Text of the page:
Smelling a rat, we made our excuses and wandered off, found a restaurant where we ordered some of the worst food we’ve eaten on this trip (though served by some of the sweetest people) and told the restaurant’s owner, a gorgeous woman in high heels and butterflies painted on her toes, that we wanted to hire a boat. Calls ensued, a cell phone was pressed to my ear — “My name is Son,” a man said, “I will be there in 5 minutes.”
He leaped from a taxi. Unloaded his briefcase on the table and — talking all the time on his cell — described to us the luxury junks his family owned and how “comfortable” he would make us.
“You have two sons,” he said to me, grinning as Dante and Langston, growing bored, somehow toppled their chairs over at the table beside us. “That’s good luck, my friends tell me.”
We haggled like veterans and ended up with a deal that included a free night’s hotel stay, dinner, breakfast lunch and dinner the next day aboard the luxurious Dream Voyage junk along with 16 other people, a night aboard and a bus ride home. All for $480, (about the same as a private boat). He put us in a taxi, paid our way to go to the bank — he would only take cash — where we withdrew 7 million Dong.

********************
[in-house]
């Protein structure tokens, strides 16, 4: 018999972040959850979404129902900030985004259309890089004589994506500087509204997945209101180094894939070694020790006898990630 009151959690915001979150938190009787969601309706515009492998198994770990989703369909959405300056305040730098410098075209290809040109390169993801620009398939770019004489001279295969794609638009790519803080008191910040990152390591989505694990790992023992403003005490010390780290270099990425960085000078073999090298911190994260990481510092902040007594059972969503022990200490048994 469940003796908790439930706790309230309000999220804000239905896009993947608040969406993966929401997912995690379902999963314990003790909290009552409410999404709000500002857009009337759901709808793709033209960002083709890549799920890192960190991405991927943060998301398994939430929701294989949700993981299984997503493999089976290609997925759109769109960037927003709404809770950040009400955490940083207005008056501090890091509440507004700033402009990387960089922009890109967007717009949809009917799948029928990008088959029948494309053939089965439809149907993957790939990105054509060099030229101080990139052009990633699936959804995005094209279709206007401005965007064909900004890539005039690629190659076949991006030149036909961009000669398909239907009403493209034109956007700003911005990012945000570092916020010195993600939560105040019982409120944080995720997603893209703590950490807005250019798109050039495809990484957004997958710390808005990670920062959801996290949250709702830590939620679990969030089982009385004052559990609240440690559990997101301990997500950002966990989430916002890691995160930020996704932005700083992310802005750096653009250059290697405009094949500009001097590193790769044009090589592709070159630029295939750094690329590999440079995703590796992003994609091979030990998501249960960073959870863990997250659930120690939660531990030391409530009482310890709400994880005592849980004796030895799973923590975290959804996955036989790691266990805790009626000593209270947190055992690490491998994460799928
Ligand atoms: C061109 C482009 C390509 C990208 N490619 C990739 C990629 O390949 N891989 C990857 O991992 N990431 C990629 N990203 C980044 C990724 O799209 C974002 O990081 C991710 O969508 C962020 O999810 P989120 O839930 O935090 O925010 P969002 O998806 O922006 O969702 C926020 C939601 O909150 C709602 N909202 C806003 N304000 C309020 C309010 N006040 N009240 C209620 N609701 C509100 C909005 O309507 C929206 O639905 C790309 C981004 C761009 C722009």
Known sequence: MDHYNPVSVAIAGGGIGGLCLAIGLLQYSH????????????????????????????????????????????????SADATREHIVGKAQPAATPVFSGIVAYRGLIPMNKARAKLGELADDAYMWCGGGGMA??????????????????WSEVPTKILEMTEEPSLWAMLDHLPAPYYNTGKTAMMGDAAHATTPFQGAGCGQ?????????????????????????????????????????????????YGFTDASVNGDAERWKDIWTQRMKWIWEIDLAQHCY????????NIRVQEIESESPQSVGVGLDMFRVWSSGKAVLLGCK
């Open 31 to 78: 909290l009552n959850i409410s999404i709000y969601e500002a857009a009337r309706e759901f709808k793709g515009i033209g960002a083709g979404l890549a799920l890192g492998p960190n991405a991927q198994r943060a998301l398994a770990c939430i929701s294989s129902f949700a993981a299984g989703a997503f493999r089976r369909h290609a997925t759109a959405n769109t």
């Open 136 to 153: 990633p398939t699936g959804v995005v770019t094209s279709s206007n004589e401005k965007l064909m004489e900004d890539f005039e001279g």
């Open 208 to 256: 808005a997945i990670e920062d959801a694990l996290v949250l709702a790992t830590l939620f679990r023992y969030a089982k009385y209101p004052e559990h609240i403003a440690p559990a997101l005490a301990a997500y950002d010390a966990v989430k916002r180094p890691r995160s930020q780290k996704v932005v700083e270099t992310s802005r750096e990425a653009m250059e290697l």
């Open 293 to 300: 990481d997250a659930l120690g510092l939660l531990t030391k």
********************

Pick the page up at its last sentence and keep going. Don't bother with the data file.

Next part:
Feeling comforted and successful we checked into the hotel, which was worn but perfectly confortable. A little balcony from our room looked down in to the lobby of a sleek new hotel next door, where bellmen in green uniforms walked an ampty lobby all past designed white chairs they could not sit in. We strolled the boardwalk that night. It was lit by green lanterns and the silhouettes of junks in the harbor promised us a dream day to come. It was a scruffy commercial fishing port turned tourist town but there were no tourists anywhere; a massive night marketplace trafficking in souvenirs of every sort was completely deserted. Empty horse drawn carriages wheeled past us, again and again, turning circles in the streets. A woman parked her bicycle; it was laden with tight cages in which ragged kittens and puppies were miserably hunkered — perhaps knowing their fate on the dinner plate; she fed the puppies spoonfuls of yoghurt.
After all that. the voyage, such as it was, came as a bit of a letdown. We set forth in a cattle call scene at the Bai Chay Tourist Port, in a drenching rain, from a harbor so seething with junks that one could, for a moment, image the scene of a century ago. Still, after all our wheeling and dealing we had ended up with every other tourist to Halong Bay. And for a brief moment we feared we were going to be sharing a junk with a very unpleasant American girl traveler who never took of her sunglasses and used the word “dude” unceasingly as she made fun of people she couldn’t understand. KK started making deals with higher spirits.